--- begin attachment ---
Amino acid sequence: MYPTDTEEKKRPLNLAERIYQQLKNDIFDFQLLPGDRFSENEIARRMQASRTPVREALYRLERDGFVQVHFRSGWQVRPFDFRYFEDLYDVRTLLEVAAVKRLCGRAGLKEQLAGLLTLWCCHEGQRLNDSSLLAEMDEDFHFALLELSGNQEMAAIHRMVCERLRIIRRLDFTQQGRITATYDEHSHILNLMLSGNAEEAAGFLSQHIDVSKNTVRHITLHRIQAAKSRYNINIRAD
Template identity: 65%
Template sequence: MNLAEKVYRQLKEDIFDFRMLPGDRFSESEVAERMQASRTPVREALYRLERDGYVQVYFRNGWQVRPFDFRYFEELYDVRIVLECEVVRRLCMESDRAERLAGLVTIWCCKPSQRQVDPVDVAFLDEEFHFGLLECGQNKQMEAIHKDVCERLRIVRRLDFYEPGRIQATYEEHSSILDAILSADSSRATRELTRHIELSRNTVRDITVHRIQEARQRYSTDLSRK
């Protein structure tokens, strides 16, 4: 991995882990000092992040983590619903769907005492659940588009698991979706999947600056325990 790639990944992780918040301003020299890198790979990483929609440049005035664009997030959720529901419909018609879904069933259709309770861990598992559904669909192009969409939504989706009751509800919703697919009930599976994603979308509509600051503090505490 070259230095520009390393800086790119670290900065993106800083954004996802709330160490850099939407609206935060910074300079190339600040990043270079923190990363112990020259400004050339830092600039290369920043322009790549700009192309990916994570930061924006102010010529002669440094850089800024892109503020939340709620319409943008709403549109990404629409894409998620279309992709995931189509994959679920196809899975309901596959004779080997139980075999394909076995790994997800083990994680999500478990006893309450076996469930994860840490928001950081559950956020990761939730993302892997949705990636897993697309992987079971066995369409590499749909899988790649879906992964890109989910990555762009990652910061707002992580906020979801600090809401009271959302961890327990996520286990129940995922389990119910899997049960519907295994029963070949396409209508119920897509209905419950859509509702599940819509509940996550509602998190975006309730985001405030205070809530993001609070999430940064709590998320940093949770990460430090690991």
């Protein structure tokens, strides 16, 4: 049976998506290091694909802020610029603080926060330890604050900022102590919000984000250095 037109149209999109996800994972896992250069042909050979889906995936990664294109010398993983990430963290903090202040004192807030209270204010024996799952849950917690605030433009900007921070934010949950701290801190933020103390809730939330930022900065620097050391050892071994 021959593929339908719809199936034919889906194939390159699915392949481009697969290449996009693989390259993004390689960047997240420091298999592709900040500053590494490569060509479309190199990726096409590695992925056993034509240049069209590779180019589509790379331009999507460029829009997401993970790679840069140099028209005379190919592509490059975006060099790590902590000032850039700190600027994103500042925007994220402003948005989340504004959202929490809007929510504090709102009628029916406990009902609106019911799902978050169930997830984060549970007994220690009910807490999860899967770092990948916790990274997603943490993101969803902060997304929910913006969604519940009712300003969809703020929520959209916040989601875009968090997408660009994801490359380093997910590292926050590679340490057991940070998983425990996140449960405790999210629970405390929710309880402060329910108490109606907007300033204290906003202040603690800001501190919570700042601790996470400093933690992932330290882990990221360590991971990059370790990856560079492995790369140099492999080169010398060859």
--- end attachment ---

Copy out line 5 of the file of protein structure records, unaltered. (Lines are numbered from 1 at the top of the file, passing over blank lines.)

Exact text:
């Protein structure tokens, strides 16, 4: 049976998506290091694909802020610029603080926060330890604050900022102590919000984000250095 037109149209999109996800994972896992250069042909050979889906995936990664294109010398993983990430963290903090202040004192807030209270204010024996799952849950917690605030433009900007921070934010949950701290801190933020103390809730939330930022900065620097050391050892071994 021959593929339908719809199936034919889906194939390159699915392949481009697969290449996009693989390259993004390689960047997240420091298999592709900040500053590494490569060509479309190199990726096409590695992925056993034509240049069209590779180019589509790379331009999507460029829009997401993970790679840069140099028209005379190919592509490059975006060099790590902590000032850039700190600027994103500042925007994220402003948005989340504004959202929490809007929510504090709102009628029916406990009902609106019911799902978050169930997830984060549970007994220690009910807490999860899967770092990948916790990274997603943490993101969803902060997304929910913006969604519940009712300003969809703020929520959209916040989601875009968090997408660009994801490359380093997910590292926050590679340490057991940070998983425990996140449960405790999210629970405390929710309880402060329910108490109606907007300033204290906003202040603690800001501190919570700042601790996470400093933690992932330290882990990221360590991971990059370790990856560079492995790369140099492999080169010398060859």